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Is Church Online a Front Door—Or a Back Door—for Your Church?

It wasn’t that long ago you actually had to work hard to access anything you missed at the church you attended.

You had to show up in person to pick up a CD (or cassette…remember those??) or ask someone to mail you a copy. Or you simply missed out.

Fast forward to now, and almost every church has their messages available online.

Many also have podcasts and even apps. At Connexus, where I serve, we have all three.

And like a growing number of other churches, next year we’ll launch on online campus—a full broadcast of our morning services like North Point Online or Cross Point’s Internet Campus.

It’s always good to ask some questions when things are changing quickly.

What are the rapid rise of messages online and experiences online doing to the church and to people’s faith?

Are they acting as a front door to ministry and attracting people, or are they acting as a back door for people slowly leaving the church?

In other words, is the option of church online moving people closer to Christ, or further away?

It’s a great question every church leader should think through.

 

So What’s Happening, Exactly?

When the option of churches podcasting and launching online campuses became real 6-8 years ago, it looked like it was all upside for the local church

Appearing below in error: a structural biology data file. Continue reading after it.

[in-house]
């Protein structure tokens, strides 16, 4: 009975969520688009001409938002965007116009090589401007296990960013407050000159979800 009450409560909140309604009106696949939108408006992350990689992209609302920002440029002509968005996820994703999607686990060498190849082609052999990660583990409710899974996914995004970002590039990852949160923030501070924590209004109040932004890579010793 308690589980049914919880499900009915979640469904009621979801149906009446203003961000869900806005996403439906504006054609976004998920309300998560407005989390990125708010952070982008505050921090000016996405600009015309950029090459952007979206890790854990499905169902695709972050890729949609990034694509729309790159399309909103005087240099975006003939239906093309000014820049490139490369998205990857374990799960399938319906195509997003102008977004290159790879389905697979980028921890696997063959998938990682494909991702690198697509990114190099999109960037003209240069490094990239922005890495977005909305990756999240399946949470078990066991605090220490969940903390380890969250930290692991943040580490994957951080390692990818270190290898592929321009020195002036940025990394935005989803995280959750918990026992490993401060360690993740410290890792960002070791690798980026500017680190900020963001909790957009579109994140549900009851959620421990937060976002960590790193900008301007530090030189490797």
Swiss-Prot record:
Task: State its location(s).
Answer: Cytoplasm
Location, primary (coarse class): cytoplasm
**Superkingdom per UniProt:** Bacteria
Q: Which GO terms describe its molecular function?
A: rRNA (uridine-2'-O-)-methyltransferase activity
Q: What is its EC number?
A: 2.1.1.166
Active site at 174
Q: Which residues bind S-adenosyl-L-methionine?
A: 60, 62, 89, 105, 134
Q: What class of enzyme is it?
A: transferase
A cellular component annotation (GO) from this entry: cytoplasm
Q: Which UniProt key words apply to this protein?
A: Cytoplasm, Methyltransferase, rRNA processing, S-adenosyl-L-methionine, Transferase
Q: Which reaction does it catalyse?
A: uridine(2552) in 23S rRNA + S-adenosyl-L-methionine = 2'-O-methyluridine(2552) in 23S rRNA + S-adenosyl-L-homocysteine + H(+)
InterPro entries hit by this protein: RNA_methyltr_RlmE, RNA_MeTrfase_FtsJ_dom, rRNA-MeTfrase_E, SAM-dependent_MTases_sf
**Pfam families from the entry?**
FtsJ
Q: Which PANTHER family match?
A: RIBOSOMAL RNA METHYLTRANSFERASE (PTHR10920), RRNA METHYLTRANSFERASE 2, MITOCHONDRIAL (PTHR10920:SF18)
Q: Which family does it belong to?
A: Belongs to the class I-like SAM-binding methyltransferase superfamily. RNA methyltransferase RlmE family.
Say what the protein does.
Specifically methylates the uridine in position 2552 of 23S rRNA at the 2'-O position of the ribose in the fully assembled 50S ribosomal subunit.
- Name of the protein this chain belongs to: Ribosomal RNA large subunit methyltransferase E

A chance to reach more people.

An opportunity to get the Word out.

A chance to reach people who are scared of walking through a church door.

More exposure.

And, in many ways, all that upside is still there and amazing.

But another trend has emerged that no one really saw coming. Or at least I didn’t.

A growing number of Christians seem to be watching the local church rather than being engaged in the local church.

It’s not usually a huge number, but talk to even the mega-church people behind the scenes and they’ll tell you that as many as several thousand who used to attend in person aren’t any more. They’re watching from the comfort of a bed or beach instead.

While this hasn’t killed attendance by any stretch, it has dented it. The churches that offer numerous online gateways are still growing, but they are also seeing a smaller exodus of Christians no one is sure what to do with.

And it’s alarming for many more reasons than it being downward pressure on a growth curve.

 

4 Questions About Church Online For Christians

If you’re a Christian and your primary experience of church is online, my question is “why”?

Here are 4 questions I would ask:

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The Secret to Creating a Highly Motivated Team

One of the most significant challenges of leadership is aligning a group of people around a common mission, vision and strategy.

Some of you are trying to rally a dozen people around a common cause. Some of you are trying to rally hundreds, others thousands.

Sometimes I feel like I spend half my time as a lead pastor trying to keep people aligned around a vision mission and strategy that’s bigger than all of us.